COLUMBUS, Ohio — Health officials are advising people in Columbus and Franklin County to stay at home for 28 days.
The advisory went into effect on Nov. 20 at 6 p.m.
Columbus Public Health (CPH) Commissioner Dr. Mysheika Roberts issued the advisory along with Franklin County Public Health (FCPH) "due to the rapid rise of COVID-19 cases and hospitalizations in the city and county."
People are asked to only leave home if they have to go to work, school or for essential needs, such as going to the pharmacy, receiving medical care, picking up food or getting groceries.
The advisory will remain in place for two consecutive incubation periods of the coronavirus, or 28 days, or until CPH and FCPH determine a change in the advisory is needed.
Columbus Mayor Andrew Ginther said he fully supports the advisory.
“Every one of us has a role to play in stopping the spread of the virus, now,” Ginther said during a Wednesday news conference. “You are not immune, your family is not immune, your neighborhood is not immune. We can do this. We’ve done it before. But it will take commitment from everyone.”
Health officials pointed to rising COVID-19 cases and surges in hospitalizations.
Dr. Andrew Thomas, of the OSU Wexner Medical Center, revealed alarming numbers at the hospitals in Zone 2, a recent designation Gov. Mike DeWine made to have hospitals work together.
Dr. Thomas said, no Nov. 2, hospitals in Zone 2 surpassed the 400-patient mark. Just more than two weeks later, on Wednesday, the number of hospitalized COVID-19 patients in that zone topped 800.
One man who made a recent trip to the emergency room because of COVID-19 was Franklin County Commissioner Kevin Boyce.
“My temperature started to go up over a couple of days, and, before I know it, I found myself in a hospital bed in a hospital here in Columbus, I was alone, I was scared, and I could not breathe,” Boyce said. “I wasn’t sure if I was going to make it, and I can tell you, I feel like I’m in pretty good shape. And so, for those of you who don’t think that this is real or think that this is serious, I got news for you.”
Boyce said he felt he had been abiding by all safety precautions and was healthy, having run at least 15 marathons in recent years. Still, the virus hit him hard.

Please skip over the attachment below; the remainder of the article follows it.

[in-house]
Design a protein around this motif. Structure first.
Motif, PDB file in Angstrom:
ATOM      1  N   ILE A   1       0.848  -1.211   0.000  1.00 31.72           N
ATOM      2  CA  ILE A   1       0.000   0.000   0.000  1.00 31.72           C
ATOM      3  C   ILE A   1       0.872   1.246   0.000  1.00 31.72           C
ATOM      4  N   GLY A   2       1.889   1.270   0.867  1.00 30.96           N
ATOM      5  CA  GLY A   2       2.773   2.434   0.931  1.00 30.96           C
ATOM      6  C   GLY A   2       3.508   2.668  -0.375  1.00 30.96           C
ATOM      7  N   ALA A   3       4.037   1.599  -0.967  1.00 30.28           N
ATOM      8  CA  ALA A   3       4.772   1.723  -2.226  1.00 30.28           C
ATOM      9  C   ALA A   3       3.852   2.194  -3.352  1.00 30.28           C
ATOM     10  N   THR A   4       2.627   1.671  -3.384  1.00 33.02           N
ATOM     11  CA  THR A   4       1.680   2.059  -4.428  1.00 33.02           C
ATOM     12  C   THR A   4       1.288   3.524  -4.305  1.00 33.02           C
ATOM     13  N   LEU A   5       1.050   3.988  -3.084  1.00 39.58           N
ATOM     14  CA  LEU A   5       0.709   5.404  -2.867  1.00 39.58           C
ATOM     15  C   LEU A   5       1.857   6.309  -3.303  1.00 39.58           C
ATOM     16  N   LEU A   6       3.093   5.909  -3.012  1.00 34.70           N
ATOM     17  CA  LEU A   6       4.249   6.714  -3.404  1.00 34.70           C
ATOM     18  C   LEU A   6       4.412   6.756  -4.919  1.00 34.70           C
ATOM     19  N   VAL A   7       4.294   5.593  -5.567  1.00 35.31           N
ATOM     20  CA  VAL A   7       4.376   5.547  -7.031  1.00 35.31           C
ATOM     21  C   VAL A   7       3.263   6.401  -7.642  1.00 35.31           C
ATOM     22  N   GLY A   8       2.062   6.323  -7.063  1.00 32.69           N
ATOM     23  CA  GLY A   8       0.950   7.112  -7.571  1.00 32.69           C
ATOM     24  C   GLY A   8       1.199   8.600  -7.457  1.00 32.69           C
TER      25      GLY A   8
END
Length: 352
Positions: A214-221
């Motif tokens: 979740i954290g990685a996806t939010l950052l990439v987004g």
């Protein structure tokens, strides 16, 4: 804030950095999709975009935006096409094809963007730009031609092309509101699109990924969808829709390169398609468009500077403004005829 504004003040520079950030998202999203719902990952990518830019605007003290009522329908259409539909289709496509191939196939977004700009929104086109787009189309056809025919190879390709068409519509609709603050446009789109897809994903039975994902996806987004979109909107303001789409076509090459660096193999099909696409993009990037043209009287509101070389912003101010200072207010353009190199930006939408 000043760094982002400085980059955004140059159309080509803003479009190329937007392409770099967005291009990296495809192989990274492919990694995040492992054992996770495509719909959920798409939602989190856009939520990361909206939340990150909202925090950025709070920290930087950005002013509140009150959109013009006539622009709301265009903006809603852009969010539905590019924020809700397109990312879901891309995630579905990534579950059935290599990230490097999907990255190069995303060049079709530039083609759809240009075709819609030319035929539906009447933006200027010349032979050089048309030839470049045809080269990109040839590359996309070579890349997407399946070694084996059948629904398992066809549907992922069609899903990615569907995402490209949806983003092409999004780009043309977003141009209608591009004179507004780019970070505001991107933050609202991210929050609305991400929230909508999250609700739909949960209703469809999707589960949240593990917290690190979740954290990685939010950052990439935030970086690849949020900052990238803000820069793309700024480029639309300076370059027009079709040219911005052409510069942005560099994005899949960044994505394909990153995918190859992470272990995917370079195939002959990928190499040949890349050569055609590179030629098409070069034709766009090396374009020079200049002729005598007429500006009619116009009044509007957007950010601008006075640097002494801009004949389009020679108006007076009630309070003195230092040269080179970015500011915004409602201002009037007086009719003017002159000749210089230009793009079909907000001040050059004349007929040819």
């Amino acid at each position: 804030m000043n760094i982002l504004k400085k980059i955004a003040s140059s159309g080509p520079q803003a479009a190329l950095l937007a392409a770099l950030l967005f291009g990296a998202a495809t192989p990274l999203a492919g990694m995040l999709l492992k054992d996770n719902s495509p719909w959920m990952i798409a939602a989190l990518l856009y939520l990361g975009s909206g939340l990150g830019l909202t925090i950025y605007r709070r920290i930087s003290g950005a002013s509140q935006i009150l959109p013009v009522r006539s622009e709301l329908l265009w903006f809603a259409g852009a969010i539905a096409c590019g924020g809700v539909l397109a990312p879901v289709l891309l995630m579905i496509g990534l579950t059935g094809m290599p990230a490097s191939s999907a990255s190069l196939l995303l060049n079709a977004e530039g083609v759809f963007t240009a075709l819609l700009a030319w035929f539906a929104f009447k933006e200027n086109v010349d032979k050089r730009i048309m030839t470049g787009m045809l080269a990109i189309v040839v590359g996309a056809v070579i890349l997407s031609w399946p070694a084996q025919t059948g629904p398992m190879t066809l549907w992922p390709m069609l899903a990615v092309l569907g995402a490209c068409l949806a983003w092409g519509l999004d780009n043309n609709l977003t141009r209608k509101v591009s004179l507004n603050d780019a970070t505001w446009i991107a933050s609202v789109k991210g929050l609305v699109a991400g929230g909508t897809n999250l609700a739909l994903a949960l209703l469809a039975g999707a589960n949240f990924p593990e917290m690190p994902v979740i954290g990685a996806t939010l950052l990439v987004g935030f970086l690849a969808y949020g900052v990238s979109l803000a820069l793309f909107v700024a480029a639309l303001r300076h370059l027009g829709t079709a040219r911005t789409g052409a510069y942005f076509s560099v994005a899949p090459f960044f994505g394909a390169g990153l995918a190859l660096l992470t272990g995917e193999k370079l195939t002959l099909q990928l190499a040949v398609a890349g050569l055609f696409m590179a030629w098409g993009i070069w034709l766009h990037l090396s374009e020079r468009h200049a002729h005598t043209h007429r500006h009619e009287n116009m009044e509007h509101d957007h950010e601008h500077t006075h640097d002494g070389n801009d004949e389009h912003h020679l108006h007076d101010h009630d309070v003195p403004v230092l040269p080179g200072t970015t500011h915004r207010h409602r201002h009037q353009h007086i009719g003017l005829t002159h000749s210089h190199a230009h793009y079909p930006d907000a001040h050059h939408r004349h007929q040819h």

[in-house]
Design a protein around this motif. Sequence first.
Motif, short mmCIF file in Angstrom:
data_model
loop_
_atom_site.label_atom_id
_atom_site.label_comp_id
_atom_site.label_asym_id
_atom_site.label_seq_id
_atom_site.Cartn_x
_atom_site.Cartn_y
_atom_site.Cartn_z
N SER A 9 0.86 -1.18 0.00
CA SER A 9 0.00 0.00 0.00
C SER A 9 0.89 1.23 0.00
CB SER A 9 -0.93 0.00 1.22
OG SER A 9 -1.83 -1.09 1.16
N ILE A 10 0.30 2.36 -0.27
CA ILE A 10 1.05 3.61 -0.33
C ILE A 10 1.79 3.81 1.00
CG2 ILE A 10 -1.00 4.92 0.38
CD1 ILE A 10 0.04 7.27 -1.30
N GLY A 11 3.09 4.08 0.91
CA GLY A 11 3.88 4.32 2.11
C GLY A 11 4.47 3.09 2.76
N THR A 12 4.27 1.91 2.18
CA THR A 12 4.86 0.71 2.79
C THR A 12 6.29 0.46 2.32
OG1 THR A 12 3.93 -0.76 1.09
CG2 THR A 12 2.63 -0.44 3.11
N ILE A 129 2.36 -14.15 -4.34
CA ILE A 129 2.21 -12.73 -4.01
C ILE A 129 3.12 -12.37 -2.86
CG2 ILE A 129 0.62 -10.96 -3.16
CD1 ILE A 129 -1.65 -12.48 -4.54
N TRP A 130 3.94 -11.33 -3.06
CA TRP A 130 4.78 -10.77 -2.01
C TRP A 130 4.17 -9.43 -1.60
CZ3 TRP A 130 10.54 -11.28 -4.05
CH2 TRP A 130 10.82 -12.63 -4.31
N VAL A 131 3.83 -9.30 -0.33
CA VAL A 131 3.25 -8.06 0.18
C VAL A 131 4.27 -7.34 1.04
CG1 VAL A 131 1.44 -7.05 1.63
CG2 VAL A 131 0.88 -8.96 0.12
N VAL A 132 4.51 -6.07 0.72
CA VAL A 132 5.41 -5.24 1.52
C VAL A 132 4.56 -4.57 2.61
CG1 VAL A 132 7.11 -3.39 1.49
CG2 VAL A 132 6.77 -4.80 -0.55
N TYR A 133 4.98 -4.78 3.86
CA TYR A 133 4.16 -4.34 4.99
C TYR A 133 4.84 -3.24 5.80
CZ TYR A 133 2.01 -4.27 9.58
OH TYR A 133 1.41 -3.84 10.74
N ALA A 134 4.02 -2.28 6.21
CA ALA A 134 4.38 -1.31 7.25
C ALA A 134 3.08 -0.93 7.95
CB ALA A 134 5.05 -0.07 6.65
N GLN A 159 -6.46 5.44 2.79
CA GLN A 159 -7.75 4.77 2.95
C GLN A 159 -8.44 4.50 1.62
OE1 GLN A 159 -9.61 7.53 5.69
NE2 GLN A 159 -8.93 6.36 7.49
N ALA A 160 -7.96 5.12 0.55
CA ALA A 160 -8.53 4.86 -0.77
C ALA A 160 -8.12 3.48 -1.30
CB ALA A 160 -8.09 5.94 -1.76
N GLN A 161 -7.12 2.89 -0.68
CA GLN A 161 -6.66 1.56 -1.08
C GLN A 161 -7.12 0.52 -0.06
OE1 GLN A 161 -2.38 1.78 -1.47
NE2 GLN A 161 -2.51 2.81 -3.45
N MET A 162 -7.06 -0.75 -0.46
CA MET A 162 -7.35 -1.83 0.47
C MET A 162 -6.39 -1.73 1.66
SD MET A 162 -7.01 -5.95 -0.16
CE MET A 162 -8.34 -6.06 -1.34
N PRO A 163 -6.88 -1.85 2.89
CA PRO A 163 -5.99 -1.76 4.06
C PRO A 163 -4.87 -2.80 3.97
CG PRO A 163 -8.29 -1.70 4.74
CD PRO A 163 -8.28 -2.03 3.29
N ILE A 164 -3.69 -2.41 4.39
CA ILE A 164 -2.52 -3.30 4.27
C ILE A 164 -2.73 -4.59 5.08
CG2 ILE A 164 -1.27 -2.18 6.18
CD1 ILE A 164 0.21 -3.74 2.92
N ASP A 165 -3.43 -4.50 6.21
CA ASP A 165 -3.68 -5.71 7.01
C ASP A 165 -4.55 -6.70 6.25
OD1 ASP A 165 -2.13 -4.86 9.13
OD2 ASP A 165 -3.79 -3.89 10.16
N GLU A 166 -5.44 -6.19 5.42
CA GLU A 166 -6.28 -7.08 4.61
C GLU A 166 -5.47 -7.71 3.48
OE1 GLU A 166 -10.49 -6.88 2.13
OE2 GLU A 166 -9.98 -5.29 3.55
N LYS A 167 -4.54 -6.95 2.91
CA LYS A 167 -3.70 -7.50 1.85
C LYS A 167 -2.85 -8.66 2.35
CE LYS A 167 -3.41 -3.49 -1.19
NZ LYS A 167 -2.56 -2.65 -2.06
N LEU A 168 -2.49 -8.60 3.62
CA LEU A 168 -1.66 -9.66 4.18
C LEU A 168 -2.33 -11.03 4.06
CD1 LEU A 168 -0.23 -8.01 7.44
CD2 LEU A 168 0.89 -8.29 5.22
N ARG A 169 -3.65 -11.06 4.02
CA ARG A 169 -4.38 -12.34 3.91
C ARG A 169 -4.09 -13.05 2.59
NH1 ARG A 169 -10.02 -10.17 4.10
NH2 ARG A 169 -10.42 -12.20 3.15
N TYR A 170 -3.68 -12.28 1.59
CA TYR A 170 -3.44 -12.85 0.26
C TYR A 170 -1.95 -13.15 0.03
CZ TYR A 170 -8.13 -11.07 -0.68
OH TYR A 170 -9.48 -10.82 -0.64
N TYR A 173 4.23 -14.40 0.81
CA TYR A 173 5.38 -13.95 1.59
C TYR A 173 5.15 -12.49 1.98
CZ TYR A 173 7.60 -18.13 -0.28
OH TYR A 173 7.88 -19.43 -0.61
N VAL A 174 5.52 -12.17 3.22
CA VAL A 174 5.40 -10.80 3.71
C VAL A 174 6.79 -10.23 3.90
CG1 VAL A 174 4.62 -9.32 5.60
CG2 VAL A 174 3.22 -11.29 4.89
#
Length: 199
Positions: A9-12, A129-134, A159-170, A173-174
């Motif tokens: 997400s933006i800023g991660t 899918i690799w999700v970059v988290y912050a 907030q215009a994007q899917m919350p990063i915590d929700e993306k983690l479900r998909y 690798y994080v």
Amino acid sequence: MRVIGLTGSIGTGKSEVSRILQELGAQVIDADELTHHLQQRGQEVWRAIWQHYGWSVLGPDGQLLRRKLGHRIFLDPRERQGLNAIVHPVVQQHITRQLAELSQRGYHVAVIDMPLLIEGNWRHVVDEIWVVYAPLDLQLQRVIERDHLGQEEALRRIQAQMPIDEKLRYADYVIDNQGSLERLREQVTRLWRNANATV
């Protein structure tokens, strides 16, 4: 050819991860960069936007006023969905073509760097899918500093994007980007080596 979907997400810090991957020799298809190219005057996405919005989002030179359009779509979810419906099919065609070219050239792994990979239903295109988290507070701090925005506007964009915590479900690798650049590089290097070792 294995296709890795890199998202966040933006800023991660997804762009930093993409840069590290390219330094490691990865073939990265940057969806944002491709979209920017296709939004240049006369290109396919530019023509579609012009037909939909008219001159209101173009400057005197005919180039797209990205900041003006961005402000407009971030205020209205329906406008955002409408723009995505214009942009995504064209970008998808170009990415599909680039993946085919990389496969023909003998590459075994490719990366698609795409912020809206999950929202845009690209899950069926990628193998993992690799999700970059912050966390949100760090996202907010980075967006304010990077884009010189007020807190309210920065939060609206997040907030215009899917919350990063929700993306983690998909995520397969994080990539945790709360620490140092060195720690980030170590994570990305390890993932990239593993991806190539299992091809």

And that’s why he had a message to share with others.
“If you’ve got loved ones and people you care about, and who care about you, then you’ll mask up, and you’ll stay home, and you’ll work to protect all of us,” he said. “Because I’d like to see you on the other side of this. I’d like to see Central Ohio stronger and better in 2021 on the other side of this.”
Health officials also say, while this is simply an advisory and not enforceable, they stand ready to take further action, if needed.
“If we don’t see the improvement that we need to see in our cases, in our community, we then can take another step,” Dr Roberts said. “I feel strongly that, at least from the public health perspective, we are willing, if need be, to take further actions that would be enforceable.”
Mayor Ginther also made clear that there will be consequences for not abiding by the advisory, even if they don’t come in the form of fines.
“If people don’t follow these recommendations, more people will be infected, more people will be hospitalized, more people will die,” he said. “There are serious consequences associated with not following this advisory.”
"The Stay at Home Advisory supplements all current orders of Governor R. Michael DeWine, the Ohio Department of Health, Franklin County, the City of Columbus, and the municipalities of Franklin County," CPH said in a news release.
The briefing from Wednesday can be seen in the player below.
On Tuesday, Ohio Governor Mike DeWine announced a 10 p.m. to 5 a.m. curfew that starts Thursday and lasts for 21 days.
DeWine said the curfew comes with exceptions but deferred to the health order concerning the curfew, which will be signed later this week.
The governor did say pharmacies, groceries and restaurants offering takeout or delivery service are exempt from the curfew.